The silver block with the red handle is Weigand’s tool for adjusting extractor tension. The big orange thing is the Lyman mechanical trigger pull gauge. The brass plate is the gauge with a brass S-hook that I added. The gauge is sold as a set and each end is for a different caliber. The hole you see is actually for lining up on the firing pin hole – I just added the S-hook on the .38 end because I don’t have any plans to shoot .38 Super. Note, the small blade screw driver makes it real easy to nudge the firing pin up or down so the firing pin stop plate can be pushed into position.

Polish the Extractor

From what I read and saw, the Wilson extractor is practically ready out of the box other than setting the tension. Some guys recommended polishing the surfaces where the cartridge will come in contact and I did that with one of the small rubberized abrasive polishing bits in my Dremel.

How to Install

Make sure your pistol is unloaded – that the chamber is empty and a loaded magazine is not inserted. In short, work safe. Also, do not use live ammo for testing – I highly recommend A-Zoom Snap Caps.

Let me give you an overview and then a couple of videos to watch:

  1. Remove the slide
  2. Remove the firing pin stop plate by pushing down with the straight short end of the extractor tool and then slide the plate off. Be CAREFUL that the firing pin and/or spring don’t come flying out as you remove the plate.
  3. Push the extractor backwards by pushing the head of extractor backwards down the hole out the rear of the slide
  4. Insert the new extractor and line it up so the stop plate can be re-inserted. It needs to line up with the top and bottom of the stop plate groove and it needs to be straight up and down parallel to the sides. You don’t need to install the firing pin and spring until you are done.
  5. Insert the Weigand gauge and pull it out using the trigger pull gauge to find out how many ounces it takes.
  6. Use the Weigand tensioning tool to increase or decrease the tension. I dialed mine in to 28 ounces (1.75 pounds).
  7. You can try testing feeding and extracting dummy rounds to see how it performs. The extractor should maintain control until the extracted dummy round hits the ejector.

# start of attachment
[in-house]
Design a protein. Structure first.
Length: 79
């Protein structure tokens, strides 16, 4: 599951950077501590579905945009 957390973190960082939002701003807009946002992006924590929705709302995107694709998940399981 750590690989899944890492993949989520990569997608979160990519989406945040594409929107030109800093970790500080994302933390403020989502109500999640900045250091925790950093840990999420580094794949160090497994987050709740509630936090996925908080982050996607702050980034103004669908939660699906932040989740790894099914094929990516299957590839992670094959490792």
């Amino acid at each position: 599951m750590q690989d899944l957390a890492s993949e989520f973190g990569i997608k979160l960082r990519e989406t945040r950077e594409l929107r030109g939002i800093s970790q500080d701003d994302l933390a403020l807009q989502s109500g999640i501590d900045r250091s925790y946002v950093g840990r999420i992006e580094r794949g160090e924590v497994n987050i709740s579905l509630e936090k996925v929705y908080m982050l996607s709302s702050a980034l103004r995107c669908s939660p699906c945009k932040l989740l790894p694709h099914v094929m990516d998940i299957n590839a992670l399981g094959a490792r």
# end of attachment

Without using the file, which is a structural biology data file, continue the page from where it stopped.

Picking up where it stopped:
8. Once it is dialed in, you can then re-install the firing pin return spring, lube the firing pin and reinstall it also.
  9. There’s a trick to the plate – wiggle it in and push down the firing pin enough to get the plate to sit on the “shelf” at the rear. You can then maintain pressure on the plate and use the other hand to use the extractor tool to push the firing pin down far enough and hold it there while you push the plate back into place.

More Details

Wilson has a video on how to change to their extractor and a bit about setting the tension:

Now, I also read the Brownell’s blog post about extractors plus a more detailed Wilson Combat instructional PDF file.

The following is a video of Jack Weigand explaining how to use his extractor gauges and tensioning tool:

Adjusting The Extractor Landing Pad

The most detailed post and guidance in general about extractors that I read is here – and if you read down, you will get to sections/replies about 9mm extractors. One thing you will notice discussed is reprofiling the “fitting pad” to better fit the radius of the extractor hole. I stoned and polished the fitting pad to be more rounded but that was it. I put more emphasis on getting a weight in the 25-28oz range and did do that after may 3-4 tries.

Pulling the gauge out the final time was about 1-3/4 pounds which is 28 oz. In testing the pistol, extraction was just fine.

Was The Match Pistol Higher End?

I wondered if maybe more care was put into the match pistol. There are some nice perks in terms of features but the trigger feels about the same between the two pistols. I’ll write up something more detailed down the road – for now let me just say they pistols are not night and day different in terms of how they feel with cycling the slide or pulling the trigger.